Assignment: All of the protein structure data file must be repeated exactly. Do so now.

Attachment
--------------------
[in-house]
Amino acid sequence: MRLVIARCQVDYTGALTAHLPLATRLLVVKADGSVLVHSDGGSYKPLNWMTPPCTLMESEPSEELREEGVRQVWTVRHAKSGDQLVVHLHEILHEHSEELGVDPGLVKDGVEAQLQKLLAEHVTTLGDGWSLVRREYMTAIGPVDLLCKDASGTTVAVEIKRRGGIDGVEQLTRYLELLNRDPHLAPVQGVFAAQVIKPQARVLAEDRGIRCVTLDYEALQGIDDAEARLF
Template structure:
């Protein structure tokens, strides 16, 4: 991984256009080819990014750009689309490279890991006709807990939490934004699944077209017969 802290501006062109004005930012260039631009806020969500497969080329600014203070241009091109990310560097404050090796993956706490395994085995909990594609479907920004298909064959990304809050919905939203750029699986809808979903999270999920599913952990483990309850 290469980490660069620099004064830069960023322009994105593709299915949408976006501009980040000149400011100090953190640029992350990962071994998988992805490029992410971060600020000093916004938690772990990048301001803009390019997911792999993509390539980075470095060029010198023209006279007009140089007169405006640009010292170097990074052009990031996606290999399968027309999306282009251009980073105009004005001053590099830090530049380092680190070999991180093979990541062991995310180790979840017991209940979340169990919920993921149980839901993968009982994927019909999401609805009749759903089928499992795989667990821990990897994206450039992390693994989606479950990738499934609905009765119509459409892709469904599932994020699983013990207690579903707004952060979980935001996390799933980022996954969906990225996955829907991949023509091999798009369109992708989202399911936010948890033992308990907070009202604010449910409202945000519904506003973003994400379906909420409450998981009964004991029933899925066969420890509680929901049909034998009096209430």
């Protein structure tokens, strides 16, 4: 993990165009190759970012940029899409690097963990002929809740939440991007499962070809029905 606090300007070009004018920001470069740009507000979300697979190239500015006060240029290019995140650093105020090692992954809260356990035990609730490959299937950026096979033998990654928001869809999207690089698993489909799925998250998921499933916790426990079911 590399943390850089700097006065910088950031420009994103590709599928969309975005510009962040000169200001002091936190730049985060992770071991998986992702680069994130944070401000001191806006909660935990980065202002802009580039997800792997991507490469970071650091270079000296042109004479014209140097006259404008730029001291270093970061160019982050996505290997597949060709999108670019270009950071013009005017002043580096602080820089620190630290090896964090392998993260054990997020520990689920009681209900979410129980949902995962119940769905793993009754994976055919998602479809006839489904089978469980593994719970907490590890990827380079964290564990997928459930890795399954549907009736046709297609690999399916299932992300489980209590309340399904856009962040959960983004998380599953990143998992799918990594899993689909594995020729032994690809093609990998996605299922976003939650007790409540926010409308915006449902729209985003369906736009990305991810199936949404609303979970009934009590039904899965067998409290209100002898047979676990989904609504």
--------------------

[in-house]
Amino acid sequence: MRLVIARCQVDYTGALTAHLPLATRLLVVKADGSVLVHSDGGSYKPLNWMTPPCTLMESEPSEELREEGVRQVWTVRHAKSGDQLVVHLHEILHEHSEELGVDPGLVKDGVEAQLQKLLAEHVTTLGDGWSLVRREYMTAIGPVDLLCKDASGTTVAVEIKRRGGIDGVEQLTRYLELLNRDPHLAPVQGVFAAQVIKPQARVLAEDRGIRCVTLDYEALQGIDDAEARLF
Template structure:
């Protein structure tokens, strides 16, 4: 991984256009080819990014750009689309490279890991006709807990939490934004699944077209017969 802290501006062109004005930012260039631009806020969500497969080329600014203070241009091109990310560097404050090796993956706490395994085995909990594609479907920004298909064959990304809050919905939203750029699986809808979903999270999920599913952990483990309850 290469980490660069620099004064830069960023322009994105593709299915949408976006501009980040000149400011100090953190640029992350990962071994998988992805490029992410971060600020000093916004938690772990990048301001803009390019997911792999993509390539980075470095060029010198023209006279007009140089007169405006640009010292170097990074052009990031996606290999399968027309999306282009251009980073105009004005001053590099830090530049380092680190070999991180093979990541062991995310180790979840017991209940979340169990919920993921149980839901993968009982994927019909999401609805009749759903089928499992795989667990821990990897994206450039992390693994989606479950990738499934609905009765119509459409892709469904599932994020699983013990207690579903707004952060979980935001996390799933980022996954969906990225996955829907991949023509091999798009369109992708989202399911936010948890033992308990907070009202604010449910409202945000519904506003973003994400379906909420409450998981009964004991029933899925066969420890509680929901049909034998009096209430």
């Protein structure tokens, strides 16, 4: 993990165009190759970012940029899409690097963990002929809740939440991007499962070809029905 606090300007070009004018920001470069740009507000979300697979190239500015006060240029290019995140650093105020090692992954809260356990035990609730490959299937950026096979033998990654928001869809999207690089698993489909799925998250998921499933916790426990079911 590399943390850089700097006065910088950031420009994103590709599928969309975005510009962040000169200001002091936190730049985060992770071991998986992702680069994130944070401000001191806006909660935990980065202002802009580039997800792997991507490469970071650091270079000296042109004479014209140097006259404008730029001291270093970061160019982050996505290997597949060709999108670019270009950071013009005017002043580096602080820089620190630290090896964090392998993260054990997020520990689920009681209900979410129980949902995962119940769905793993009754994976055919998602479809006839489904089978469980593994719970907490590890990827380079964290564990997928459930890795399954549907009736046709297609690999399916299932992300489980209590309340399904856009962040959960983004998380599953990143998992799918990594899993689909594995020729032994690809093609990998996605299922976003939650007790409540926010409308915006449902729209985003369906736009990305991810199936949404609303979970009934009590039904899965067998409290209100002898047979676990989904609504």